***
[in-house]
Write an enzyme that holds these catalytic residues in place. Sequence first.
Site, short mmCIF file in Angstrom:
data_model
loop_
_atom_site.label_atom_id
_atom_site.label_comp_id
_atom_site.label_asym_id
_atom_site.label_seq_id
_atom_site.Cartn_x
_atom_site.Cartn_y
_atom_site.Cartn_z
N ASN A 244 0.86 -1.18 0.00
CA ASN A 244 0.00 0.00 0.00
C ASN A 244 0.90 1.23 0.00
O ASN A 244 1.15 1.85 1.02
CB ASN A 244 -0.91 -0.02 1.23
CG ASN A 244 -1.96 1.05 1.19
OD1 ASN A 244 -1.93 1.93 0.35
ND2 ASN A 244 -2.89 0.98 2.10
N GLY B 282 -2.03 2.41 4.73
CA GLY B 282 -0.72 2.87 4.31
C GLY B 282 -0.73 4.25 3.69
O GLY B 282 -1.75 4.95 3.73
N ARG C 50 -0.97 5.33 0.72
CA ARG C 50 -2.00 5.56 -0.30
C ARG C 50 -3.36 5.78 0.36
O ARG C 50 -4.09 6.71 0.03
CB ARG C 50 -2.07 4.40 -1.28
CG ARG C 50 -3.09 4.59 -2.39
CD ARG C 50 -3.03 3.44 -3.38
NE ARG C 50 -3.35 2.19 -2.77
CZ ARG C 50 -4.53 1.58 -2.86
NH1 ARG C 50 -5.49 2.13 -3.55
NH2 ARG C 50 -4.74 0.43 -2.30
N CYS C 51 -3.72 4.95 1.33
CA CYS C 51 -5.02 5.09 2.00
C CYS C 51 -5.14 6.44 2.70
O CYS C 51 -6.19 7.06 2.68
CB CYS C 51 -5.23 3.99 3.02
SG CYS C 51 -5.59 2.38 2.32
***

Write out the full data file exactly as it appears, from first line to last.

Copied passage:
[in-house]
Write an enzyme that holds these catalytic residues in place. Sequence first.
Site, short mmCIF file in Angstrom:
data_model
loop_
_atom_site.label_atom_id
_atom_site.label_comp_id
_atom_site.label_asym_id
_atom_site.label_seq_id
_atom_site.Cartn_x
_atom_site.Cartn_y
_atom_site.Cartn_z
N ASN A 244 0.86 -1.18 0.00
CA ASN A 244 0.00 0.00 0.00
C ASN A 244 0.90 1.23 0.00
O ASN A 244 1.15 1.85 1.02
CB ASN A 244 -0.91 -0.02 1.23
CG ASN A 244 -1.96 1.05 1.19
OD1 ASN A 244 -1.93 1.93 0.35
ND2 ASN A 244 -2.89 0.98 2.10
N GLY B 282 -2.03 2.41 4.73
CA GLY B 282 -0.72 2.87 4.31
C GLY B 282 -0.73 4.25 3.69
O GLY B 282 -1.75 4.95 3.73
N ARG C 50 -0.97 5.33 0.72
CA ARG C 50 -2.00 5.56 -0.30
C ARG C 50 -3.36 5.78 0.36
O ARG C 50 -4.09 6.71 0.03
CB ARG C 50 -2.07 4.40 -1.28
CG ARG C 50 -3.09 4.59 -2.39
CD ARG C 50 -3.03 3.44 -3.38
NE ARG C 50 -3.35 2.19 -2.77
CZ ARG C 50 -4.53 1.58 -2.86
NH1 ARG C 50 -5.49 2.13 -3.55
NH2 ARG C 50 -4.74 0.43 -2.30
N CYS C 51 -3.72 4.95 1.33
CA CYS C 51 -5.02 5.09 2.00
C CYS C 51 -5.14 6.44 2.70
O CYS C 51 -6.19 7.06 2.68
CB CYS C 51 -5.23 3.99 3.02
SG CYS C 51 -5.59 2.38 2.32